Anna Lanota’s People's Army membership ID

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  • Photo taken in:
    Warsaw
    Year when photo was taken:
    1944
    Country name at time of photo:
    Poland
    Country name today:
    Poland

This is my People's Army membership ID. I got it in the time of the Warsaw uprising in August 1944.

During the uprising I was in the Old Town. I divided up the food among the boys on the barricades. Later I printed our newssheet. It came out every day, it was four pages long.

The printing shop was on Freta Street. I certainly built barricades, and had a gun, but I don't remember standing on the barricades. Later on we went round making holes in cellar walls to be able to move from house to house without going up onto the street.

People were angry with us. The Old Town was simply massacred, they bombarded it terribly; houses collapsed, people were killed under them, there was no escape. The Germans sat on the roofs and shot at passers-by, and there was nothing to eat.

On 26th August Gustaw Rozlubirski [Lt. Edwin Rozlubirski, pseudonym 'Gustaw,' one of the AL Commanders in the Old Town] decided that all our group was going to Zoliborz, a district of Warsaw.

Zoliborz was holding out and hadn't yet been badly hit. Our path through the sewers had been mapped out by Inka Solska a long time before. We went down into the manhole.

A few hours later we emerged onto Inwalidow Square. We went to friends', washed - we were terribly dirty - and had to throw away the clothes we had worn in the sewers, and we got new ones.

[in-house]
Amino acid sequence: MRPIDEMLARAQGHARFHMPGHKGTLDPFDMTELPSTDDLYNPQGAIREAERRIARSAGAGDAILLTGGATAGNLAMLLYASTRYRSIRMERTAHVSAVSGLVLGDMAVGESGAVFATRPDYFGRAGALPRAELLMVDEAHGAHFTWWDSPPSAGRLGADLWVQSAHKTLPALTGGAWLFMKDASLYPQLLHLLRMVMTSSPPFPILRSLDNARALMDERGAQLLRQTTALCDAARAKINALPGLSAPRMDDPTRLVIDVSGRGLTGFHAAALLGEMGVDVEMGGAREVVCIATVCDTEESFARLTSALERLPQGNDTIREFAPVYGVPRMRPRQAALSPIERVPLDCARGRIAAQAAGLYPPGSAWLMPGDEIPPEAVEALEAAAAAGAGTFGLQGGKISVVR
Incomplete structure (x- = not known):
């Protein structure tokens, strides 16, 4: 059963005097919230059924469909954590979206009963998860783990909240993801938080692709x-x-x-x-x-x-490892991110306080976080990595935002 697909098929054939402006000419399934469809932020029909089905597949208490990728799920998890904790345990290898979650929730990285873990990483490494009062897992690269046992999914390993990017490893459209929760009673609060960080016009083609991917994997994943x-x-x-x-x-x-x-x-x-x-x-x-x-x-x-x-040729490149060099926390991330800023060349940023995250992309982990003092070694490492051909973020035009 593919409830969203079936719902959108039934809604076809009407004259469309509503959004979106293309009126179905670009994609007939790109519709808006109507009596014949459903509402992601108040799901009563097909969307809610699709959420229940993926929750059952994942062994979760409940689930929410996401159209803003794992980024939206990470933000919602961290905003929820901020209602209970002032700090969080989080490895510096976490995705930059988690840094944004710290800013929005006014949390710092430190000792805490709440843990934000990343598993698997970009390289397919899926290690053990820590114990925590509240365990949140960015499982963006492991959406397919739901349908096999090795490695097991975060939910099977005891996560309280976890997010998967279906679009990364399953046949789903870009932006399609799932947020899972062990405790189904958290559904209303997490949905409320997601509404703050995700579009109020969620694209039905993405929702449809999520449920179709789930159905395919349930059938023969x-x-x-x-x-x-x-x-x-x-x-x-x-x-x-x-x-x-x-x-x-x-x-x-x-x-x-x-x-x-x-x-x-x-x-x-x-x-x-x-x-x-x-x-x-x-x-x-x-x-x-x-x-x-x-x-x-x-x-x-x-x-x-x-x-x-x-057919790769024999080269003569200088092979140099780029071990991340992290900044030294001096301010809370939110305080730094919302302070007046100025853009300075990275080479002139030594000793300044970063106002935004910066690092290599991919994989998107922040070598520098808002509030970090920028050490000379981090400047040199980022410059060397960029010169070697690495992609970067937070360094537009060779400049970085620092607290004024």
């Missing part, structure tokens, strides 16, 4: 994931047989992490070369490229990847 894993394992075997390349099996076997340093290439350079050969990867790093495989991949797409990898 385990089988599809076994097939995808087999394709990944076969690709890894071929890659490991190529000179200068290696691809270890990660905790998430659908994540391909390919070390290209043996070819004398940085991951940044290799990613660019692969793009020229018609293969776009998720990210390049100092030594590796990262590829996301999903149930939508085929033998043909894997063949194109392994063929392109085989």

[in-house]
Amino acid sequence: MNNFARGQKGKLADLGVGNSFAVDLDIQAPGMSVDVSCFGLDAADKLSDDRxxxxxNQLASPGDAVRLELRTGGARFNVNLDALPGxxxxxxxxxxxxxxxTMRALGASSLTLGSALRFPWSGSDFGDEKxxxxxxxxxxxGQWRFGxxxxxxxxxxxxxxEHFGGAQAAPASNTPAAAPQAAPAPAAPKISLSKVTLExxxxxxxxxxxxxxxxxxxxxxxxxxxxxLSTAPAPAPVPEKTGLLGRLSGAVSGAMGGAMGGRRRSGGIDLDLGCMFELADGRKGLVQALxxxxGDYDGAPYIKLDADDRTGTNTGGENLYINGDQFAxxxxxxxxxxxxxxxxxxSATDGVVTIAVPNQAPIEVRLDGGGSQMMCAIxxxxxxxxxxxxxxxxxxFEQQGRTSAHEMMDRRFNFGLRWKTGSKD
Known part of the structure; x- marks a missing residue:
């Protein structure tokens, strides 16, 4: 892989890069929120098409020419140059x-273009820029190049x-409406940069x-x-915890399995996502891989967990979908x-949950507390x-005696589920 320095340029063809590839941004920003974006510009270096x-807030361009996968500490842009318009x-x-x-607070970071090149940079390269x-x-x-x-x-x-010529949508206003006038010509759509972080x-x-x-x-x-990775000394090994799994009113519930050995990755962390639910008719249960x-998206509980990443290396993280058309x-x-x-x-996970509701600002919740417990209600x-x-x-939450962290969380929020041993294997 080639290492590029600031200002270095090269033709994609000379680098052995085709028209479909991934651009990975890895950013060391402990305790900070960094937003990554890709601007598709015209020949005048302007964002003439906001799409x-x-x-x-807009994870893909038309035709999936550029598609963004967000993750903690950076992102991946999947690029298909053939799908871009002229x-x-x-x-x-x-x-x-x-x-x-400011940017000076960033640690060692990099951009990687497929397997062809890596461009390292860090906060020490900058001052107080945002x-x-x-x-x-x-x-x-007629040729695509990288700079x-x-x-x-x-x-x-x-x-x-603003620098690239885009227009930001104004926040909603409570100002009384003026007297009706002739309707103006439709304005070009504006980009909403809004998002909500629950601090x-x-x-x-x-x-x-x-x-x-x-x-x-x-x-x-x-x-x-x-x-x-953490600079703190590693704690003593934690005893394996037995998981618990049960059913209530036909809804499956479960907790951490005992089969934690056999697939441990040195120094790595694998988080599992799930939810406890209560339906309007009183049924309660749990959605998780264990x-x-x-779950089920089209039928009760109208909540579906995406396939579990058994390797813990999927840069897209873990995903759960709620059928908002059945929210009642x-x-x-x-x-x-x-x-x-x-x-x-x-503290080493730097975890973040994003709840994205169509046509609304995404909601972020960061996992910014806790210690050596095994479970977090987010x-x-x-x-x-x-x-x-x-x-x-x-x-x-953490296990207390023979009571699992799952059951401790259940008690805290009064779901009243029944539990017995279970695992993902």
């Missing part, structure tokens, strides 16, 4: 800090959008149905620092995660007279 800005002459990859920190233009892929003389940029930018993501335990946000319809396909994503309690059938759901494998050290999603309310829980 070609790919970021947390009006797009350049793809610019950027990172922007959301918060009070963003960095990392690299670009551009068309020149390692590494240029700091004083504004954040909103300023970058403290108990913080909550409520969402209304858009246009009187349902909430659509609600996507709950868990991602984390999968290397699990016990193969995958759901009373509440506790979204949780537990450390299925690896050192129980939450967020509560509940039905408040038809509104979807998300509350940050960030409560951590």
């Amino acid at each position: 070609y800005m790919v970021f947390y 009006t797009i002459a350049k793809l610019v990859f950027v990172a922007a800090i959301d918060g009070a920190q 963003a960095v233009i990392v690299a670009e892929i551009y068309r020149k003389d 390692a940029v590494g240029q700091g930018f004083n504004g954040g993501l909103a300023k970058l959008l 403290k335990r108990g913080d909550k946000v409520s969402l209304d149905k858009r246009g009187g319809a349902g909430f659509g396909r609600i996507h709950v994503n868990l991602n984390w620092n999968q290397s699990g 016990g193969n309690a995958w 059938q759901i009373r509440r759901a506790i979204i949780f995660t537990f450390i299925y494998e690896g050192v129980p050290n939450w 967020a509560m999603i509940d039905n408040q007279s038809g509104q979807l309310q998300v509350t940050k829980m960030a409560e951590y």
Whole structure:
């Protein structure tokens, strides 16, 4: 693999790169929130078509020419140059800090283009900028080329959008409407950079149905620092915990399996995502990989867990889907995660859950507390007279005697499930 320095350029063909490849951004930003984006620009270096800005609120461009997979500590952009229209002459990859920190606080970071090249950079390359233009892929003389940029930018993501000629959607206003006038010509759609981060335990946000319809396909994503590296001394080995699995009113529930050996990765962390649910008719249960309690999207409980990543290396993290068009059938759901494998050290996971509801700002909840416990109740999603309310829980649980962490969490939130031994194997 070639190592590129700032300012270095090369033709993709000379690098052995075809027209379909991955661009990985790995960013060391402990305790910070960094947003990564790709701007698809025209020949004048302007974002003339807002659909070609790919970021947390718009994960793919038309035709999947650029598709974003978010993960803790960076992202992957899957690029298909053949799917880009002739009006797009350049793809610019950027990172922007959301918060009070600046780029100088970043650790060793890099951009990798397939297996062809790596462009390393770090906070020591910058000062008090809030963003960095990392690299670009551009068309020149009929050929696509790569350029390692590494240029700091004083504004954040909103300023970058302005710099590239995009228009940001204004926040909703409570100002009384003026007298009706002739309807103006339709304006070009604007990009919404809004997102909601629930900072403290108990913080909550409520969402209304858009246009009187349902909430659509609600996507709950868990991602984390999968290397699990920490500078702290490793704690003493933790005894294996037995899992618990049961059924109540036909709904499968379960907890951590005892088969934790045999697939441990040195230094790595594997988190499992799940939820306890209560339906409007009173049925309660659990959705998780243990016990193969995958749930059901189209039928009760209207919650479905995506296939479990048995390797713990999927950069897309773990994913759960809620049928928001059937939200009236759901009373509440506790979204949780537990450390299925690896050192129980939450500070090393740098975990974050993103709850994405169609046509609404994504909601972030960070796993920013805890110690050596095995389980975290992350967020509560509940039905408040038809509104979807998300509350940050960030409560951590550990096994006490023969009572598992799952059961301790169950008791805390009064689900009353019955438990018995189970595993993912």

There was a fairly large AL organization there, under Zenon Kliszko. Some time later, when the defense of Zoliborz was coming to an end, a 20-man detachment was formed and ordered to go to Kampinos, a forest near Warsaw.

In Zoliborz, the commander, Zenon Kliszko, issued everybody with People's Army membership ID. I can't remember whether he gave it to me personally, or whether somebody brought me it.

I kept this ID as a memento and carried it with me. This is one of the few that have survived. I had a lot of luck - because I didn't have much sense.

Interview details

Interviewee: Anna Lanota
Interviewer:
Aleksandra Bankowska
Month of interview:
September
Year of interview:
2004
Szymanowek, Warsaw, Poland

KEY PERSON

Anna Lanota
Year of birth:
1915
City of birth:
Lodz
Country name at time of birth:
Poland
Occupation
before WW II:
Teacher
after WW II:
Journalist, editor
Family names
  • Previous family name: 
    Rottenberg
    Year of changing: 
    1942
    Reason for changing: 
    Marriage

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